Toltec

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Tol·tec

 (tōl′tĕk′, tŏl′-)
n. pl. Toltec or Tol·tecs
A member of a Nahuatl-speaking people of central and southern Mexico whose empire flourished from the 10th century until it collapsed under invasion by the Aztecs in the 12th century.
adj. also Tol·tec·an (tōl-tĕk′ən, tŏl-)
Of or relating to the Toltec or their culture.

[Spanish tolteca, from Nahuatl toltecatl, artisan, mechanic.]

Toltec

(ˈtɒltɛk)
n, pl -tecs or -tec
(Historical Terms) a member of a Central American Indian people who dominated the valley of Mexico from their capital Tula from about 950 to 1160 ad, when the valley was overrun by the Aztecs
adj
(Peoples) of or relating to this people
[C19: from Spanish tolteca, of American Indian origin]

Tol•tec

(ˈtoʊl tɛk, ˈtɒl-)

n., pl. -tecs, (esp. collectively) -tec, n.
1. a member of an American Indian people living in central Mexico before the advent of the Aztecs.
adj.
2. Also, Tol•tec′an. of or pertaining to the Toltecs.
[< Mexican Spanish tolteca < Nahuatl tōltēcah, pl. of tōltēcatl person from Tōllān Tula]

Toltec


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1. AD 900–1200 During the 900s Toltec Indians established an empire, making Tula (north of Mexico City) their capital. They controlled the Valley of Mexico until 1200. A fierce people, they invaded the Yucatán Peninsula then rebuilt an old Mayan religious center, Chichén Itzá. They worshipped the feathered serpent Quetzalcoatl and also believed in human sacrifice.
2. A member of a people who ruled an empire in central and southern Mexico before being conquered by the Aztecs.
ThesaurusAntonymsRelated WordsSynonymsLegend:
Noun1.Toltec - a member of the Nahuatl speaking people of central and southern Mexico
Nahuatl - a member of any of various Indian peoples of central Mexico
References in periodicals archive ?
Legend says that King Huemac, the last king of the Toltecs, married his daughter to a humble farmer who came to pay tribute in the form of his best chillis, as was the custom at the time.
To illuminate local population differences, we compare samples from sites associated with four different cultural groups located in adjacent regions of Mexico: the Toltecs and Mexicas from Central Mexico; the Totonacs from the Gulf Coast lowlands of Veracruz; and the Maya from the northern lowlands of the Yucatan Peninsula.
Look at your sophisticated indigenous people: Mayans, Toltecs, Incas.
In Ancient Mexico, the narrative begins with the Paleo-Indians and traces the rise and fall of Pre-Columbian peoples such as the Olmecs, Maya, Toltecs, and Aztecs.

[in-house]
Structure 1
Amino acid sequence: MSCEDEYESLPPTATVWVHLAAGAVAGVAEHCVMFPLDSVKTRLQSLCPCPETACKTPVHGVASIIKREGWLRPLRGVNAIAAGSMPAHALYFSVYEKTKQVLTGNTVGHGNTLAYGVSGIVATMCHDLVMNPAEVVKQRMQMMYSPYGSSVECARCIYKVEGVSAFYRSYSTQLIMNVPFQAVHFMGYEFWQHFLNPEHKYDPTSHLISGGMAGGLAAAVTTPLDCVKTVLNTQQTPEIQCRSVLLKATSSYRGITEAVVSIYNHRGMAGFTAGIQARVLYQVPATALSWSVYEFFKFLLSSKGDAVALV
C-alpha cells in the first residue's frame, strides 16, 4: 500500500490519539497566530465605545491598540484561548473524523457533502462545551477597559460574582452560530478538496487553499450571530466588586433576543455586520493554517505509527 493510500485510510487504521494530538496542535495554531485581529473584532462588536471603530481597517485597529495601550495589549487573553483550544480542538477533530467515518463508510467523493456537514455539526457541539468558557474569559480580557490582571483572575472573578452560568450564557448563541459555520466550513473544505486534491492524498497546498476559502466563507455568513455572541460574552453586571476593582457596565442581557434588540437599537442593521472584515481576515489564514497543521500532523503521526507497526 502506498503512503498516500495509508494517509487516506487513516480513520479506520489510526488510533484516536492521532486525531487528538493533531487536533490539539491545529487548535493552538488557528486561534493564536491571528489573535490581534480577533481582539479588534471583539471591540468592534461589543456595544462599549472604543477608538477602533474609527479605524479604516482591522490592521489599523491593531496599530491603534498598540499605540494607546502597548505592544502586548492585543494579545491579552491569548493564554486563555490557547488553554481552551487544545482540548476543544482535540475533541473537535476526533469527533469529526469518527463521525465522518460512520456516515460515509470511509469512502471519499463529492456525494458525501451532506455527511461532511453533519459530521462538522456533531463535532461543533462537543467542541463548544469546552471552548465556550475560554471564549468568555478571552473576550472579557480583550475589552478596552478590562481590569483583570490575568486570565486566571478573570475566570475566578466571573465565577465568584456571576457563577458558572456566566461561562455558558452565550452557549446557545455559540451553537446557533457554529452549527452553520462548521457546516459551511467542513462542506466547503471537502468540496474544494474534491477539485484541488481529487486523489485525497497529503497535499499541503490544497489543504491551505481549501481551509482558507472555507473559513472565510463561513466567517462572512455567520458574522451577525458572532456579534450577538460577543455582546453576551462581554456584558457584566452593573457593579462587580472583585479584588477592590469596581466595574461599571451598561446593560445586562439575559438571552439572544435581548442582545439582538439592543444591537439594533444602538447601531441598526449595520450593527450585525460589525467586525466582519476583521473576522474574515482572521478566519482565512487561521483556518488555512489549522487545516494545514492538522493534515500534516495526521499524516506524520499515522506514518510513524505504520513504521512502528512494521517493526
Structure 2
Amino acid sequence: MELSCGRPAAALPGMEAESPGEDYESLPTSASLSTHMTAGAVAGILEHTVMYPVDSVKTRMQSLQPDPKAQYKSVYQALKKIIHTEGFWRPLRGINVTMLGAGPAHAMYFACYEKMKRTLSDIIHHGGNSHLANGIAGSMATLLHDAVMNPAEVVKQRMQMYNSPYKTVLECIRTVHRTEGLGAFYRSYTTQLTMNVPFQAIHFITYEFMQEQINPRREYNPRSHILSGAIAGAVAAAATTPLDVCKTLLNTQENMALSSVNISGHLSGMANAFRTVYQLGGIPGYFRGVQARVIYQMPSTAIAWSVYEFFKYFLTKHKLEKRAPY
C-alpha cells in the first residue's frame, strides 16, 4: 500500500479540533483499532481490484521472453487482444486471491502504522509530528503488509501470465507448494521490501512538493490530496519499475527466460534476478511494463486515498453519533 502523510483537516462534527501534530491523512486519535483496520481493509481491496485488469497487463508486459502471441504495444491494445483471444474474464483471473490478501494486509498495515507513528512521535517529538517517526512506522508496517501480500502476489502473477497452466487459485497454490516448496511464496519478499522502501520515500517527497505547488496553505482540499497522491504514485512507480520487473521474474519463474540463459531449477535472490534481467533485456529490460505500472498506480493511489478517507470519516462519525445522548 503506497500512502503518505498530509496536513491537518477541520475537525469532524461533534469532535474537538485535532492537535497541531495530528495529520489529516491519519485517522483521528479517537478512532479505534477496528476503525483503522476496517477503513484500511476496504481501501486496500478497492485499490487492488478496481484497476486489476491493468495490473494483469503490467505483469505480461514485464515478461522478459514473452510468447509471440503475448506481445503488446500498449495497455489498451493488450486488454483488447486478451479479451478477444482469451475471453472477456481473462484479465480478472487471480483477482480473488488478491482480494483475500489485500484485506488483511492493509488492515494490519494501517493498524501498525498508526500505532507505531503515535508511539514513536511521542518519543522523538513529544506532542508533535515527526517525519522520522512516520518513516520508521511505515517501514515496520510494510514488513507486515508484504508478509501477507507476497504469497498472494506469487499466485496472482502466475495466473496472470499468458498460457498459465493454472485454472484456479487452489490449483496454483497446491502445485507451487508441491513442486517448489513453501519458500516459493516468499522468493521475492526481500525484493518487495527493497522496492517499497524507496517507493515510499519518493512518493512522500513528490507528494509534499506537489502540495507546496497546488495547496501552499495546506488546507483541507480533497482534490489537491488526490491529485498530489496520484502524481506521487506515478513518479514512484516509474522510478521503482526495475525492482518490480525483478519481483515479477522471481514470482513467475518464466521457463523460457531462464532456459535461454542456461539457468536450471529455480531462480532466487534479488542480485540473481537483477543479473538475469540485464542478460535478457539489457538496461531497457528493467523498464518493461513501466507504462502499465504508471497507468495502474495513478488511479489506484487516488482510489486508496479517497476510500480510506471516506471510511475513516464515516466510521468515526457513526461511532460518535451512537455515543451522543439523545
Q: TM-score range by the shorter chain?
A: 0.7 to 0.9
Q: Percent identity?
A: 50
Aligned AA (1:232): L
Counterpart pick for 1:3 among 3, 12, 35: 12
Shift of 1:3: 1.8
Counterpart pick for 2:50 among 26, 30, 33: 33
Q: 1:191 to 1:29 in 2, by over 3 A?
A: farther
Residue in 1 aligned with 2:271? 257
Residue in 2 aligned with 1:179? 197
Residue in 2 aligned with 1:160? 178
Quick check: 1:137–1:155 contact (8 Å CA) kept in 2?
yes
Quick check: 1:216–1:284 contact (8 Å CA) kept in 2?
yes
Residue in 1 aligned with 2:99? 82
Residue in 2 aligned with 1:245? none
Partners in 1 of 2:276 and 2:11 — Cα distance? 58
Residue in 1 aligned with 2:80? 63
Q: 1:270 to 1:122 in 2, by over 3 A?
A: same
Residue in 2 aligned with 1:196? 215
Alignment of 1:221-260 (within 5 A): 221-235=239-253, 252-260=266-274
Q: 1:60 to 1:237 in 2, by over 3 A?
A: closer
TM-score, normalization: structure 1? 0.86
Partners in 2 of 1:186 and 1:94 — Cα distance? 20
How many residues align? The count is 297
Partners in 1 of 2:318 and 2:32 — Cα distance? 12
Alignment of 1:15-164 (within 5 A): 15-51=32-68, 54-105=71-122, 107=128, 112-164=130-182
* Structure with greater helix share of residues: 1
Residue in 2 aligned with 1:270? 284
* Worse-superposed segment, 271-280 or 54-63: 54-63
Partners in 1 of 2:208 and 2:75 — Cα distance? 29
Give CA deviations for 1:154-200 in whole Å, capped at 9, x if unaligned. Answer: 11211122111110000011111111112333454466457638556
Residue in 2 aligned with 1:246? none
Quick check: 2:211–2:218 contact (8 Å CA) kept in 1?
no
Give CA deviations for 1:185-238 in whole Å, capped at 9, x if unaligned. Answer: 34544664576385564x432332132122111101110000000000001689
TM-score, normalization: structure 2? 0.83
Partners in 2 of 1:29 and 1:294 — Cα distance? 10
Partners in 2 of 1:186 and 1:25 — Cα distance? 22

The Anales de Cuauhtitlan, (55) however, claim that the Toltecs brought him to Tollan to rule as their king and priest from AD 1153 to 1175, a "religious breakthrough" (56) for Topiltzin who, born into a world of conflict, was transformed from a warrior into an opponent of human sacrifice.
Suddenly pulquerias, the dingy and often ill-kempt shacks of the colonial period, were considered cultural links in a chain of tradition dating back to the Toltecs and Aztecs.
The Toltecs, who came afterward, were made up of several groups of South Americans that together formed an empire famous for its artists and builders in the Teotihuacan capital of Tula from A.
The abundant water and rich volcanic soil, as well as the strategic advantage provided by the ring of mountains, provided the ideal environment for the growth of Mesoamerica's three most important cultures, the Teotihuacanos, Toltecs and Aztecs
Burroughs's knowledge must have been limited mainly to post-classic, post-conquest northwestern Yucatan, where Mexican Toltecs (not Aztecs) had introduced priests and the cult of human sacrifice.
Chichen Itza was first populated between 500 and 900 AD by Mayans, abandoned and resettled, invaded by the Toltecs from the North and then abandoned for the last time sometime around 1300.
The city was founded in 500AD by the Toltecs but takes its name (meaning Mouth of the Well of the Itza) from a Mayan tribe who made it their home 500 years later.
But as more archaeological evidence was uncovered and more inscriptions were translated, they conceded that the Maya did practice some human sacrifice, but only in later years and probably at the behest of the Toltecs.